Debt Cleanse by Jorge P. Newbery Book Review

Part how-to manual, part self-help book, and part-companion to the larger website, Jorge P. Newbery’s Debt Cleanse: How to Settle Your Unaffordable Debts for Pennies on the Dollar (And Not Pay Some at All) is a definitive, exhaustive guide with the goal of forever ridding the reader from the crippling debt that so unfortunately saddles millions of Americans.

Newbery begins with a set if staggering statistics. Literally millions of Americans are burdened with various forms of debt. Some of this debt is so massive that is it often feels to the victims that they (or even their progeny) will never be rid of it. Newbery himself once suffered from that kind of debtor’s fear. As he so candidly admits, at one point in his career as a businessman, he owed a debt amounting to over twenty-six million dollars. But today he is relatively debt-free. Sound impossible? Newbery’s guide illuminates step-by-step how he was able to emerge from that crippling figure by paying only a minuscule fraction of it. He further provides hundreds of exacting tips, tools, and tactics to aid any person who finds him or herself in debt to eventually walk away debt-free after only paying a very small portion of the overall cost.

After an introductory chapter in which Newbery provides the reader with his background and a brief introduction to the vision behind Debt Cleanse and its accompanying website, the following section goes on to provide an extensive list of vocabulary words that any reader looking to get rid of his or her debt would do well to memorize.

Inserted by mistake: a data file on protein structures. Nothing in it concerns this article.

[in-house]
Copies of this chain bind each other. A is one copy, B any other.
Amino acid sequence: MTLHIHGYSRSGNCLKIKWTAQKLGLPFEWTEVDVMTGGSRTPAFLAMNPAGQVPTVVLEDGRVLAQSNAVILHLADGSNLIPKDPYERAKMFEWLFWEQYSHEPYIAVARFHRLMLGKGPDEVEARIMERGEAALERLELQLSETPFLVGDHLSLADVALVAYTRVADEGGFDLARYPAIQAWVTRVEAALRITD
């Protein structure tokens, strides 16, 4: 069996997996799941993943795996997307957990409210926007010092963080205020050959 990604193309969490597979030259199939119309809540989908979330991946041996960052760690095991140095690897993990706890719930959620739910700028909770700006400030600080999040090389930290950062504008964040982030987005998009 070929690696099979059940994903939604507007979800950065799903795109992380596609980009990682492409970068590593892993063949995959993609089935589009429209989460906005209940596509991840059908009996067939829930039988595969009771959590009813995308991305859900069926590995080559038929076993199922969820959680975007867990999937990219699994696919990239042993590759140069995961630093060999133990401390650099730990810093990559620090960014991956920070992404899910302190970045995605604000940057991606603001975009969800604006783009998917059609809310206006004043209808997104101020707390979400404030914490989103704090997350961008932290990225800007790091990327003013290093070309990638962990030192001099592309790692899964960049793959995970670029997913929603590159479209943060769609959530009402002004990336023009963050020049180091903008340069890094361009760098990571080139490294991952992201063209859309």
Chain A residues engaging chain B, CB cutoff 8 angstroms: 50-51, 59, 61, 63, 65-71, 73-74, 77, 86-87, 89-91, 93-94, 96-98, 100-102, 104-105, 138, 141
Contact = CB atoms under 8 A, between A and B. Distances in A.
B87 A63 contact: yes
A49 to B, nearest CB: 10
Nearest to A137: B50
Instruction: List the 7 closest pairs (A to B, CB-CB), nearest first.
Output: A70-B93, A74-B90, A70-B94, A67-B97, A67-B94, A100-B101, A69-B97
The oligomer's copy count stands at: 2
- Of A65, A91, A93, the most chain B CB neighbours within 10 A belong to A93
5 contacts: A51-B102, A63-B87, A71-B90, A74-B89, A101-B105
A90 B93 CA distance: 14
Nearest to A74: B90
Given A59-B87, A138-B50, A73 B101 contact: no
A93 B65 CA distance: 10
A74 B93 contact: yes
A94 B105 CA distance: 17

The third chapter elucidates the steps needed to get started debt cleansing. Some of these steps, especially on first read, may seem radical, even downright illicit, but could ultimately prove immensely useful to one looking to finally emerge from their debt. Here Newbery explicates the eight essential principles to debt cleansing that appear constantly in the book, including the stopping payment of debt, the ignoring of any creditors (even upon threat of arrest), the necessity of disputing debts, and the welcoming, and instigating, of lawsuits. Other controversial, yet understandable and perhaps even necessary, notions that Newbery proposes here include not caring about one’s credit score, the necessity of having a lawyer you trust on retainer, and the advisability of never filing for bankruptcy.

The subsequent dozen-or so chapters each painstakingly and eruditely guide the reader through the steps necessary to eliminate many of the most common debts plaguing Americans today, include mortgage payments, car loans, student loans, medical bills, and credit card loans. Each chapter not only thoroughly explains the processes and steps that need to be undertaken in order to cleanse the reader of that form of loan, but additionally help the reader to understand the intricacies and the lingo associated with that type of loan. The hundred-plus page appendices at the conclusion of the book, entitled “Action Tools,” provide readers with hundreds of necessary forms, questions, and checklists needed to cleanse debt.

While Debt Cleanse will be too radical an approach to financial stability for more conservative readers, for those who wish to follow in Newbery’s footsteps, it serves an indispensable guide and printed companion to If Newbery succeeds, it may even help engender the debt revolution that he desires.